Like many of the company’s .22s, the Ruger SR22 is no pushover. It’s smaller than some of their other offerings, but can be modified to fit larger hands. And just like most other .22 pistols (and what Ruger says) it’s appropriate for whatever a .22-caliber handgun is good for.
I’ve had my hands on more than my fair share of Strum Ruger’s .22 LR guns recently. I’m not sure why, exactly—just how it has shaken out. But the odd coincidence has given me a lot of insight into how Ruger has engineered their .22 LR offerings. The insight is this—Ruger makes a .22 LR just about any way you want.
And all of them are good. Better than good. I’ve had a Mark III for a while. It is my .22 LR semi-auto of choice. Last year I got to shoot a couple of their new revolvers, the SP-101 .22 LR and the Single Ten. I liked both of the revolvers immensely. I had a particularly difficult time letting the Single Ten go—it was just a fun gun.
That leaves the SR22
Strum Ruger has built their brand off of the .22 LR cartridge. The Mark III that I love so dearly is a Ruger standard that has evolved along with the company.
The SR22 is new. Not new as in just-released (though it is that, too). New. Innovative. Even though it bears the SR line’s moniker, and some of the basic features, the SR22 is unique.
Let’s start with the pistol’s construction. The polymer frame supports an aluminum slide. As such, the SR22 isn’t very heavy. The barrel is stainless and fixed to the frame itself. It doesn’t rotate, or tip, or move at all as the action is cycled. This is uncommon, but logical—the thought being that a fixed barrel will make a gun more consistent from shot to shot.
The gun will work in either double action or single action firing modes. Unlike many .22 LR pistols, the SR22 has an exposed hammer. The trigger pull on the double action mode is predictably stiff. In single action, the SR22’s trigger allows for much more precision.
The sights are adjustable—even reversible. If you don’t like the three dot setup, flip the panel for a flat black rear sight.
The thumb safety and magazine release are ambidextrous. The SR22 ejects to the front right. I don’t think it would bother left handed shooters in the least, as the cases are launched away from the shooter. Still, could be distracting.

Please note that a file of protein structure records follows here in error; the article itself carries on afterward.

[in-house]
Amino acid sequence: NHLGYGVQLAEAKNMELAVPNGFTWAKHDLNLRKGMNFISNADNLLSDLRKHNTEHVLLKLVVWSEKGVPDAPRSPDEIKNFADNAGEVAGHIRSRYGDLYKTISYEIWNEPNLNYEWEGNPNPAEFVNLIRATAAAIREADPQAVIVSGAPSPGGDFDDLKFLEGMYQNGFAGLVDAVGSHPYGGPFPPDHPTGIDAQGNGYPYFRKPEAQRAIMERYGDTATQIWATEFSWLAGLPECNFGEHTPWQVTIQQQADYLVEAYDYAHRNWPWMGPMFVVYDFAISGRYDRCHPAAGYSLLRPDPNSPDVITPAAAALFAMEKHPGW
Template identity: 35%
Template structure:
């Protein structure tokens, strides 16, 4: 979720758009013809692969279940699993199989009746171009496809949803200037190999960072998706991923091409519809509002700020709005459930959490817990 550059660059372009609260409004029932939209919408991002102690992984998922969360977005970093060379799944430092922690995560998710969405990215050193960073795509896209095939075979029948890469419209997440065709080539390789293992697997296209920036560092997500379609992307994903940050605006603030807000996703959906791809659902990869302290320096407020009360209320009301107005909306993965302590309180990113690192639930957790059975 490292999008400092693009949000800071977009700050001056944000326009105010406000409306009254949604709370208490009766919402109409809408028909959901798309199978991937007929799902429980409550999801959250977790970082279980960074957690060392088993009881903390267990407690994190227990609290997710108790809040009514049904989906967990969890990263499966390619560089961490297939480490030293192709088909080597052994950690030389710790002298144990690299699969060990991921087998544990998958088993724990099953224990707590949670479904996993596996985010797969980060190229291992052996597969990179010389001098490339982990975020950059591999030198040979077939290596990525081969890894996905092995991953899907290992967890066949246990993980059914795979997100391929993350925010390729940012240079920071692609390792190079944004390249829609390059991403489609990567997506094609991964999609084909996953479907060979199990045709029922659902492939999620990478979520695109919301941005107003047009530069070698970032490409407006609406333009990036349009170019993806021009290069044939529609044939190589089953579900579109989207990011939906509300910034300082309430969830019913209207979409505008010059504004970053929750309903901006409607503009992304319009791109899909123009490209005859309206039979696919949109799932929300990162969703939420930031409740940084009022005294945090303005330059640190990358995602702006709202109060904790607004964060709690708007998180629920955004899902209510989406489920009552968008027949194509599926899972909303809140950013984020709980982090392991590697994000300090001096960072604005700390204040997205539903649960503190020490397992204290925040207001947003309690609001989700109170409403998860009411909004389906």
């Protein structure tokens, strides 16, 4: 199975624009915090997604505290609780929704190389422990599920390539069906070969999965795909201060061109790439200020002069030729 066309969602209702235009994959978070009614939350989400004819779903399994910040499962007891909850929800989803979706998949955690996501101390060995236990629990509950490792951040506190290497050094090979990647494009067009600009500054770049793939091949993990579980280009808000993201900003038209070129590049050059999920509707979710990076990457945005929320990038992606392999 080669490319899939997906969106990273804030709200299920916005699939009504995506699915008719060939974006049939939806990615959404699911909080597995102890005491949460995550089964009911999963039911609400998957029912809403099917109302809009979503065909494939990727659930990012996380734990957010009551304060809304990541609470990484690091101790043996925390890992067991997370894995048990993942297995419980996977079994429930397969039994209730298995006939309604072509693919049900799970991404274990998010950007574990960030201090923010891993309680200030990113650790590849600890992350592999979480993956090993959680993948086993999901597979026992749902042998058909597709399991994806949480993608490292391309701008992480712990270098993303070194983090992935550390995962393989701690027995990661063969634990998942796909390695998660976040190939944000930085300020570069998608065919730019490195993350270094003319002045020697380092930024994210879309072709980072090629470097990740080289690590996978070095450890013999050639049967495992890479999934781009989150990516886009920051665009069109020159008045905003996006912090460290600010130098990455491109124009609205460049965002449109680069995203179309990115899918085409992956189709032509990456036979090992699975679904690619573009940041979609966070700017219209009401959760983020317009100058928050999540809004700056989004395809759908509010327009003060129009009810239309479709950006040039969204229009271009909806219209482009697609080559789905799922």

The thumb safety acts as a decocker. And when the safety is on, the trigger goes slack.
The SR22 comes with two different sized grip sleeves. I’m partial to the larger of the two and it felt like it was made especially for my hand. The magazines have replaceable base-plates, too. One is flat, the other has a little nubbin for your pinkie. This is a feature Ruger has used on some of their other guns, like the LC9. The idea is that if you want to carry the gun, and are concerned about concealing it, the smaller base-plate will be easier to hide. Which leads me into the next section….
What is it for?
The SR22 is being sold as a “do-it-all .22 pistol for the shooter who appreciates style and demands reliability!” On the Ruger website, the company boasts that the SR22 can do “just about anything—plinking, target shooting and even small game hunting.”
Having put more rounds downrange than I would care to count, I completely agree. This is a tremendous plinking gun. While the accuracy is better than I would expect for a .22 LR with such a short barrel, the SR22 is more than accurate enough for punching holes in tin cans.
I didn’t find target shooting to be nearly as rewarding—but I think my opinion is clouded by the other .22s I’ve been shooting, almost all of which are better target guns. The SR22 Ruger sent me shot a bit high and left. But the sights are adjustable. A few quick tweaks and I was centered nicely.
From 25 yards, my groups were close to three inches in diameter. From 25 feet, I could tighten them up. My best was 2.1-inches.
Small game hunting? I guess so. The squirrels around here aren’t that bright. I often take my Mark III with me into the woods—but the thing is a beast. My Mark III is close to 13-inches long. The SR22 is less than half that size and less than a third of the weight.
But “do-it-all?” Why not? It would certainly be concealable.
And, as Ruger pointed out, some shooters appreciate style. The SR22 has style. Tactical style. Lots of texture on the frame and grip. The slide is very angular and cut up with slide serrations. The SR22 looks more like a SIG or a Walther P22 than it does an old Ruger. And if that’s your style, than you’ll dig the SR22.
Let’s be Realistic
This is a fun-gun. The SR22 is built to be a knock-around gun that you can take with you in a pack. Pull it out when you get bored and blow through a couple hundred rounds of the cheapest bulk junk available. Kill some cans.
Another thing I appreciate about the SR22 is how easy it is to take apart. My old Mark III is a bear. I’ve watched videos and read tutorials, but if I don’t hold my tongue just right, the thing will not go back together. It is a nightmare. The SR22 couldn’t be any easier unless it cleaned itself.
The more I write about this little gun, the more I think I need one. Price isn’t bad. MSRP is $399. The SR22 is incredibly easy to use. It is versatile. While I don’t really like the angular lines of the SR22, the gun is the perfect size. It is incredibly reliable. I’ve already run more than 600 rounds through this one and haven’t had a single issue.